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Feet Can Last a Lifetime

Steps for Preventing Diabetes Foot Problems

1. Screen Feet Annually

Conduct a physical exam and a sensory exam using a monofilament.

Assess and document your patient's foot condition.

2. Categorize Your Findings

Low Risk Patient -- All of the following:

  • Intact protective sensation
  • Pedal pulses present
  • No severe deformity
  • No prior foot ulcer
  • No amputation

 

High Risk Patient -- One or more of the following:

  • Loss of protective sensation
  • Absent pedal pulses
  • Severe foot deformity
  • History of foot ulcer
  • Prior amputation

 

3. Counsel Your Patients or Refer to a Diabetes Educator

Talk with your patients about their risk category.

Demonstrate self-care techniques.

Prescribe appropriate footwear.

Give positive feedback for proper foot care.

Give patients the self-care booklet or tip sheet in this kit.

Counsel about smoking cessation if needed.

Reinforce the importance of blood glucose control to reduce the risk for foot problems and other complications.

4. Follow Up with High Risk Patients

Place "high risk feet" stickers on medical record.

Examine feet at every visit.

Prescribe special inserts and shoes as needed.

Refer to specialists for a risk factor you cannot rectify.

Provide education about self-care.

Ensure that the elderly and blind have help for daily foot care.

Assess metabolic control.

Foot Screening Instructions

Screening Objectives

Completing the "Foot Screening Instructions" will enable you to:

Quickly identify the patient with current foot problems or a foot at risk for developing problems.

Obtain the information needed to:

  • Make an initial diagnosis of a foot problem.
  • Develop a treatment plan.
  • Identify needs for referral to foot care specialists.
  • Schedule follow-up examinations.

Document the level of foot deformity and/or disability.

Determine the need for therapeutic footwear.

Refer for diabetes education.

Compare future examinations with this baseline information.

I. Medical History

Patients who have been diagnosed with any of the medical problems listed are likely to have had diabetes for several years and to be at risk for foot problems. If the patient is unable to feel the 10-gram monofilament on any site on either foot, he or she has peripheral neuropathy.

II. Current History

Question 1: Any change in the foot since the last evaluation?

This question is to determine whether the patient has experienced any change in the strength or sensation in the feet. If this is the patient's first visit, enter N/A unless the patient has noticed a change in the past year.

Question 2: Does the patient have a foot ulcer now or a history of foot ulcer?

A positive history of a foot ulcer places the patient permanently in the high risk category. This person always has an increased risk for developing another foot ulcer, progressive deformity of the foot, and, ultimately, lower limb amputation.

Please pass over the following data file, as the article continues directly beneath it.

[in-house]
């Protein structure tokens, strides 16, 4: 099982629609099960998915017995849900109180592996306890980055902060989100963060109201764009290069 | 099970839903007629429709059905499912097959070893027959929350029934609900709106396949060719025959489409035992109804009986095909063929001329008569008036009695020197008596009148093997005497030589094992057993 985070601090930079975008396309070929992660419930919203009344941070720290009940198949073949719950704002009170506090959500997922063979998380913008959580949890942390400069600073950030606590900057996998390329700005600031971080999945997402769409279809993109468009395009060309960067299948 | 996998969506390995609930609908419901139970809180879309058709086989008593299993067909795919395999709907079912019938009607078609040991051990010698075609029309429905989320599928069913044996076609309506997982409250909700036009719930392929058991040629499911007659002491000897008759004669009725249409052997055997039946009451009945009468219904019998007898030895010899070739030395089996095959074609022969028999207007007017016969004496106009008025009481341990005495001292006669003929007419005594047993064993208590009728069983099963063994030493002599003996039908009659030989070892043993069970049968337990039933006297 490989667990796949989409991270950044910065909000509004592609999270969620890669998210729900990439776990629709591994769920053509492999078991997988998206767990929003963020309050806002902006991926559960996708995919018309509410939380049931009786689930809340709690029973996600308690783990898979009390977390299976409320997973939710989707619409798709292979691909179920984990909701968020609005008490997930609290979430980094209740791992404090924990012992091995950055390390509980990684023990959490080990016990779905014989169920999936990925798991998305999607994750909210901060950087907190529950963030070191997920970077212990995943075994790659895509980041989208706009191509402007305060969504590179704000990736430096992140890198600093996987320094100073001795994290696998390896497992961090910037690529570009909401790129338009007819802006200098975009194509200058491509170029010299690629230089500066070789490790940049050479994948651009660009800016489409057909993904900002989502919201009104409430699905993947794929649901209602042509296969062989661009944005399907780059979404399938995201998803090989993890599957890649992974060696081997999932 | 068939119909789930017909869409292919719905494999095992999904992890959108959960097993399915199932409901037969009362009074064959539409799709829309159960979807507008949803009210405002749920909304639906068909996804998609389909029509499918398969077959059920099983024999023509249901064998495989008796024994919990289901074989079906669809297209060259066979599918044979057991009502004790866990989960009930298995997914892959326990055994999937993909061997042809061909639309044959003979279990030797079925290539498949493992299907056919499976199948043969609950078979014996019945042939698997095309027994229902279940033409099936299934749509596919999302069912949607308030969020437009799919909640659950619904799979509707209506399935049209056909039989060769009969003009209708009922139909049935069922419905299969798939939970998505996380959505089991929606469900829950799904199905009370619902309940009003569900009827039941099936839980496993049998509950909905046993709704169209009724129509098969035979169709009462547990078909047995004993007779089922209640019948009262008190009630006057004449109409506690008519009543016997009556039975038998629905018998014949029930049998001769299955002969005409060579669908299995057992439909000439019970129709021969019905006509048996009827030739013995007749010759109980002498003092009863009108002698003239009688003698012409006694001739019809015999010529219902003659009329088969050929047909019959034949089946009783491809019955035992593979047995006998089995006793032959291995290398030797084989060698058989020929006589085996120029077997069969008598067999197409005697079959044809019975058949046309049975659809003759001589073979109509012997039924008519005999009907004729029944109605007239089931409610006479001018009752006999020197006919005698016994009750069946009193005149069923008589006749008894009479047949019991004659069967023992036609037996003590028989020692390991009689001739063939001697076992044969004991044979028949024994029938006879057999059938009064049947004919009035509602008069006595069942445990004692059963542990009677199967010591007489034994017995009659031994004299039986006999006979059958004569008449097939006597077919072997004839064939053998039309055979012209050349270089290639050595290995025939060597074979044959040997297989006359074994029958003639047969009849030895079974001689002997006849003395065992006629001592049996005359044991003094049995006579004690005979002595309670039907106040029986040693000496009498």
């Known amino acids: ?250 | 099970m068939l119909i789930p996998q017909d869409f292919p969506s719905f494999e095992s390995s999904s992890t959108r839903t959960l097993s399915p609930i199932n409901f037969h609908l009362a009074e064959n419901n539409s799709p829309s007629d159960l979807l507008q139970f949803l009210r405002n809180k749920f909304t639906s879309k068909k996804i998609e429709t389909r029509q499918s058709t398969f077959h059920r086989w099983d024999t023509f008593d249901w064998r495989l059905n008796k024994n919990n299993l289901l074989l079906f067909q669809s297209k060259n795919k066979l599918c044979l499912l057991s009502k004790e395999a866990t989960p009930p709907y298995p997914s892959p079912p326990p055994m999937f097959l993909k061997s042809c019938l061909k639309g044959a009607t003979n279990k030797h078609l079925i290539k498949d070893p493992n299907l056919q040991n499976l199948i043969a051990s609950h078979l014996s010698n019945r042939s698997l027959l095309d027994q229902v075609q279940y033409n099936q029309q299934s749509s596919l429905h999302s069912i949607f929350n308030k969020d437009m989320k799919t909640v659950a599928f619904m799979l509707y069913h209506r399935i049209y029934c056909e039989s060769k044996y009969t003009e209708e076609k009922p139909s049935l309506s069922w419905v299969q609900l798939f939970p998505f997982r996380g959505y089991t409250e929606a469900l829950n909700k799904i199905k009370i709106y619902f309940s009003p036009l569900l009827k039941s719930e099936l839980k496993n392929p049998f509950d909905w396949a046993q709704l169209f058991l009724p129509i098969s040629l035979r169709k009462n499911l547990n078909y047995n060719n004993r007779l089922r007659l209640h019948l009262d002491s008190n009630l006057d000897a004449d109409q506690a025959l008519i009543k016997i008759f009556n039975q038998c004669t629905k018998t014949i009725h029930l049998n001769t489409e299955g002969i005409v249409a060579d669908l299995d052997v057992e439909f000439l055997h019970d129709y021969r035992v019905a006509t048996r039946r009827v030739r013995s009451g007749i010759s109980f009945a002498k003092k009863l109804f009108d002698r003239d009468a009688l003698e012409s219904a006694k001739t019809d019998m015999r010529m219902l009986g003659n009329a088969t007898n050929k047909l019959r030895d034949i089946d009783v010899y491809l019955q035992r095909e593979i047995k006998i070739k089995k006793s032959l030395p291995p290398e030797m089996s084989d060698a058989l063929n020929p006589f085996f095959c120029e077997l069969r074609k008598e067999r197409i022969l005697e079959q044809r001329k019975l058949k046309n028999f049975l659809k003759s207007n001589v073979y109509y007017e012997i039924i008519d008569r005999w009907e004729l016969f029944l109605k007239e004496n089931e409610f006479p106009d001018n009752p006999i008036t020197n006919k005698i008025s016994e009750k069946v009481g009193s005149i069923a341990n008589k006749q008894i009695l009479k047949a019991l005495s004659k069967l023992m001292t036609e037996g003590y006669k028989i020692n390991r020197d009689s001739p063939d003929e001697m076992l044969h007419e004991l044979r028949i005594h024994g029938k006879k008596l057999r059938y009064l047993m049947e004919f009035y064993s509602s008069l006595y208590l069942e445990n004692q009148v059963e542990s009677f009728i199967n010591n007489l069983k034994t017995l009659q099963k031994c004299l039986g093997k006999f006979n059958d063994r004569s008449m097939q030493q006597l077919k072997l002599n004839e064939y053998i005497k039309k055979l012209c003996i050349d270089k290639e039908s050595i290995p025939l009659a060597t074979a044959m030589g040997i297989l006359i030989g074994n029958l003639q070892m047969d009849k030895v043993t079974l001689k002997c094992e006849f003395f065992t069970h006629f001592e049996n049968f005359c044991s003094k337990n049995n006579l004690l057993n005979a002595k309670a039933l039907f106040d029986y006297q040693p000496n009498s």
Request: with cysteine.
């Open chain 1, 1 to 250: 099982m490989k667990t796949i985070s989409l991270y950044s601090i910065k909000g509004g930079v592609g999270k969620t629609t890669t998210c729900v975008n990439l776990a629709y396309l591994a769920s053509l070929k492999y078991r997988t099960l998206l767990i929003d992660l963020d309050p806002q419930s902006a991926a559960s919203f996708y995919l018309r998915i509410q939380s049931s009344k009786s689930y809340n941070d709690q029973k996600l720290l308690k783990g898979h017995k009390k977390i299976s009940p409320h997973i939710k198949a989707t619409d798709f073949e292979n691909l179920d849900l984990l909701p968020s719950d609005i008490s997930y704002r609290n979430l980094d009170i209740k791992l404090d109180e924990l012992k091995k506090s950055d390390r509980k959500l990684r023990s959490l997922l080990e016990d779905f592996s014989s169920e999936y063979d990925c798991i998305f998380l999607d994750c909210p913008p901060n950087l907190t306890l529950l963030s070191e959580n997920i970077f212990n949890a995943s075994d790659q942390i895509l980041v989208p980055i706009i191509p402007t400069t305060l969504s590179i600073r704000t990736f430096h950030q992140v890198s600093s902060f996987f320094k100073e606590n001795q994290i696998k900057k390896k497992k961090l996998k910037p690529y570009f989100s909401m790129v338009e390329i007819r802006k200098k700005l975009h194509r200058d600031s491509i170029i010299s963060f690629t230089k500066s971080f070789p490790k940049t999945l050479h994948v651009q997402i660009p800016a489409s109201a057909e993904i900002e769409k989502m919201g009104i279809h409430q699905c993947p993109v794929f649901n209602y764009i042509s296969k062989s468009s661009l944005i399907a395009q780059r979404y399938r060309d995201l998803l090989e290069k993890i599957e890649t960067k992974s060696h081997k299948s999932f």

Question 3: Is there pain in the calf muscles when walking -- i.e., pain occurring in the calf or thigh when walking less than one block that is relieved by rest?

This question is to determine whether the patient experiences intermittent claudication when walking. This pain is an indication of peripheral vascular disease or impaired circulation.

WebMD Public Information from the U.S. National Institutes of Health

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If the level is below 70 or you are experiencing symptoms such as shaking, sweating or difficulty thinking, you will need to raise the number immediately. A quick solution is to eat a few pieces of hard candy or 1 tablespoon of sugar or honey. Recheck your numbers again in 15 minutes to see if the number has gone up. If not, repeat the steps above or call your doctor.

People who experience hypoglycemia several times in a week should call their health care provider. It's important to monitor your levels each day so you can make sure your numbers are within the range. If you are pregnant always consult with your health care provider.

Congratulations on taking steps to manage your health.

However, it's important to continue to track your numbers so that you can make lifestyle changes if needed. If you are pregnant always consult with your physician.

Your level is high if this reading was taken before eating. Aim for 70-130 before meals and less than 180 two hours after meals.

Even if your number is high, it's not too late for you to take control of your health and lower your blood sugar.

One of the first steps is to monitor your levels each day. If you are pregnant always consult with your physician.

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